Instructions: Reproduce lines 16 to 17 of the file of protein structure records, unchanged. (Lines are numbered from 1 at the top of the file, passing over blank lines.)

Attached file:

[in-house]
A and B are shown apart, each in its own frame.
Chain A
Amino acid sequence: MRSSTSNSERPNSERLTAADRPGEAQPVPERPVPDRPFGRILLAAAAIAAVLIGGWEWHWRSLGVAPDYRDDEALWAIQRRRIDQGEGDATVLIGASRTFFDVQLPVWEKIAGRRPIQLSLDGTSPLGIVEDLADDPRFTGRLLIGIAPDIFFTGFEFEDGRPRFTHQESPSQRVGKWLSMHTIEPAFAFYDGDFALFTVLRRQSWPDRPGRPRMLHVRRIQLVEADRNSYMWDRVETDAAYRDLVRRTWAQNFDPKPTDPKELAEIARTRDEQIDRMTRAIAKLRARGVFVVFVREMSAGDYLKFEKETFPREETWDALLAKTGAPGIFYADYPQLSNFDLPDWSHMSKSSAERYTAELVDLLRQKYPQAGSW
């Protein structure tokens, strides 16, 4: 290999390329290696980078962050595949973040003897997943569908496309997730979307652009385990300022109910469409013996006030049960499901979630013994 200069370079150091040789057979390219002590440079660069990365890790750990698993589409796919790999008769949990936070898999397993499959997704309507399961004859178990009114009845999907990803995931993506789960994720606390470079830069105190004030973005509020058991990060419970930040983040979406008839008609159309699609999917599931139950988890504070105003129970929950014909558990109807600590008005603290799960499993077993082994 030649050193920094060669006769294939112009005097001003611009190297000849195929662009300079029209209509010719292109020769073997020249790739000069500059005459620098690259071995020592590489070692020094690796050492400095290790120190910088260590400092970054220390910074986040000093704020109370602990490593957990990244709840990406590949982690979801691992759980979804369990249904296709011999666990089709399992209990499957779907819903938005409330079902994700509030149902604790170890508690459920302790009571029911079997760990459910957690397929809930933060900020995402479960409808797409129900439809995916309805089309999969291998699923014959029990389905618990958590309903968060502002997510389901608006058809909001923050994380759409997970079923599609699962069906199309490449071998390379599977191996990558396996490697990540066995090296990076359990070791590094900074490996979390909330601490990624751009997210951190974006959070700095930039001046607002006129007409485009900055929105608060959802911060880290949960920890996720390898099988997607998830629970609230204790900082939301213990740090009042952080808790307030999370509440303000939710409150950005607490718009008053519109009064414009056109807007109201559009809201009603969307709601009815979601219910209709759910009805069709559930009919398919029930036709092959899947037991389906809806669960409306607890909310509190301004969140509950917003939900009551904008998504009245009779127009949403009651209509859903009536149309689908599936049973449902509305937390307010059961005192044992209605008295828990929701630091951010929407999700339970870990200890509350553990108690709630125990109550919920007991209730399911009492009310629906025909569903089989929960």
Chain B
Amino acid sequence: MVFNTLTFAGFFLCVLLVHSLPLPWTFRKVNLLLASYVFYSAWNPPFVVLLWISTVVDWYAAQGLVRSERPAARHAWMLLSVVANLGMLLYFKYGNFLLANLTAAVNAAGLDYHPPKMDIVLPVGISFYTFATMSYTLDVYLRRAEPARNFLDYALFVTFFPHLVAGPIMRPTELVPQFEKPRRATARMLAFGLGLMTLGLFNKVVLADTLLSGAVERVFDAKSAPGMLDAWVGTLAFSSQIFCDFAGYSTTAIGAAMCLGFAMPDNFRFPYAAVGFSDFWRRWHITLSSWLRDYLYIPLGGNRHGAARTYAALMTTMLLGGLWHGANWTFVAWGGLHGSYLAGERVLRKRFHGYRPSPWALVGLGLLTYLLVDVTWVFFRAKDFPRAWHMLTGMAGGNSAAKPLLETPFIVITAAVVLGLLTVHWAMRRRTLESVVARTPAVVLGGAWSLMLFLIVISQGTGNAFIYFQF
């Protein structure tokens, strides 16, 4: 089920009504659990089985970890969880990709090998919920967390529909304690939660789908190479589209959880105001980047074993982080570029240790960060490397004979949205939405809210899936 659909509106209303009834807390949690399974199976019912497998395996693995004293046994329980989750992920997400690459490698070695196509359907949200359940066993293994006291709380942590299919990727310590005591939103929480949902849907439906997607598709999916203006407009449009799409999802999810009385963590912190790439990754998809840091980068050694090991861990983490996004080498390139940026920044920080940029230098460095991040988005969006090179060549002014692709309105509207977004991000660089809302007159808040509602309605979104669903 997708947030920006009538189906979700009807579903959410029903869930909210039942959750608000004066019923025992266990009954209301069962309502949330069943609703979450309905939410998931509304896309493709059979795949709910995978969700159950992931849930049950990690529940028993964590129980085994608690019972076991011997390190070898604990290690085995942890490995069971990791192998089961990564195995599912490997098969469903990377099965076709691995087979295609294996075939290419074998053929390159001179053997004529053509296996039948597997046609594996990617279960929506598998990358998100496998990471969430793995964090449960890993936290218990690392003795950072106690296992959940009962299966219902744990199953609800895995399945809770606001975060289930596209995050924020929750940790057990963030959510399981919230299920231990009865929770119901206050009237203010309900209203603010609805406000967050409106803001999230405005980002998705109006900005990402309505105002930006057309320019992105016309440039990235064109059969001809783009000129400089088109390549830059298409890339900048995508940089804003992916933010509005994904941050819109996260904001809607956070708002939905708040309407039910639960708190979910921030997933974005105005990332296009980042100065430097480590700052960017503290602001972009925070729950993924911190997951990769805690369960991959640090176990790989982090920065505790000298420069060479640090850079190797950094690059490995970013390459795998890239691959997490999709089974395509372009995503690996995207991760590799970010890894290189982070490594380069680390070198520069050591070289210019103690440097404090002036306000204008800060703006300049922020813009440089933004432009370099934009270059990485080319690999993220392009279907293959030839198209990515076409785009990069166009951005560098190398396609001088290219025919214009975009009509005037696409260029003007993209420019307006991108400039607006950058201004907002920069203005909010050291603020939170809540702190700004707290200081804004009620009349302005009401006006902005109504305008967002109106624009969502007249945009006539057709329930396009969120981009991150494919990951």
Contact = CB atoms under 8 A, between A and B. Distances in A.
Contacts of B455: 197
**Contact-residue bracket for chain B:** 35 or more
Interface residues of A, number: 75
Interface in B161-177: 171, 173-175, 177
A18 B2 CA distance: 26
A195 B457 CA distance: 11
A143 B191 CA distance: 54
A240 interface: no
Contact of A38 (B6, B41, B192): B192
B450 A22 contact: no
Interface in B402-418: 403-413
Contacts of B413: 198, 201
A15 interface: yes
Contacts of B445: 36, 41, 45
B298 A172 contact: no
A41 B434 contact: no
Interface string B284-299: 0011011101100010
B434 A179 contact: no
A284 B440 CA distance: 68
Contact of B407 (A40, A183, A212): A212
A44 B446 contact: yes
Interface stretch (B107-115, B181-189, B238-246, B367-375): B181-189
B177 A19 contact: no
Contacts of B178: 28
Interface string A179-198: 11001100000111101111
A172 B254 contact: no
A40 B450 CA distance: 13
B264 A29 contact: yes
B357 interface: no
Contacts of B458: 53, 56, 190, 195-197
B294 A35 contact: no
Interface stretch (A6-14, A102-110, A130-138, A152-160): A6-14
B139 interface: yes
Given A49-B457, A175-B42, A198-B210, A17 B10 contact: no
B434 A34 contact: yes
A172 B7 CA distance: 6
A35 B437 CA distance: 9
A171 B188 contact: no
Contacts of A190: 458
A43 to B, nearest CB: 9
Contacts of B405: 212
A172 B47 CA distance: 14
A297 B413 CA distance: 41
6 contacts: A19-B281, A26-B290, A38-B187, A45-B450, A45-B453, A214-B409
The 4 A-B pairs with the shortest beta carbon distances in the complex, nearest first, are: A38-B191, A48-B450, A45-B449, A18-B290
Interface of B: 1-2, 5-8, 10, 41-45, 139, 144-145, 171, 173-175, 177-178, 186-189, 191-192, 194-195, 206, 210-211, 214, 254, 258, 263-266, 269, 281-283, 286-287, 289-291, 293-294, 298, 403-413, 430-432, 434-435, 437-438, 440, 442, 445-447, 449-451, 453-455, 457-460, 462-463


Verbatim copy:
A143 B191 CA distance: 54
A240 interface: no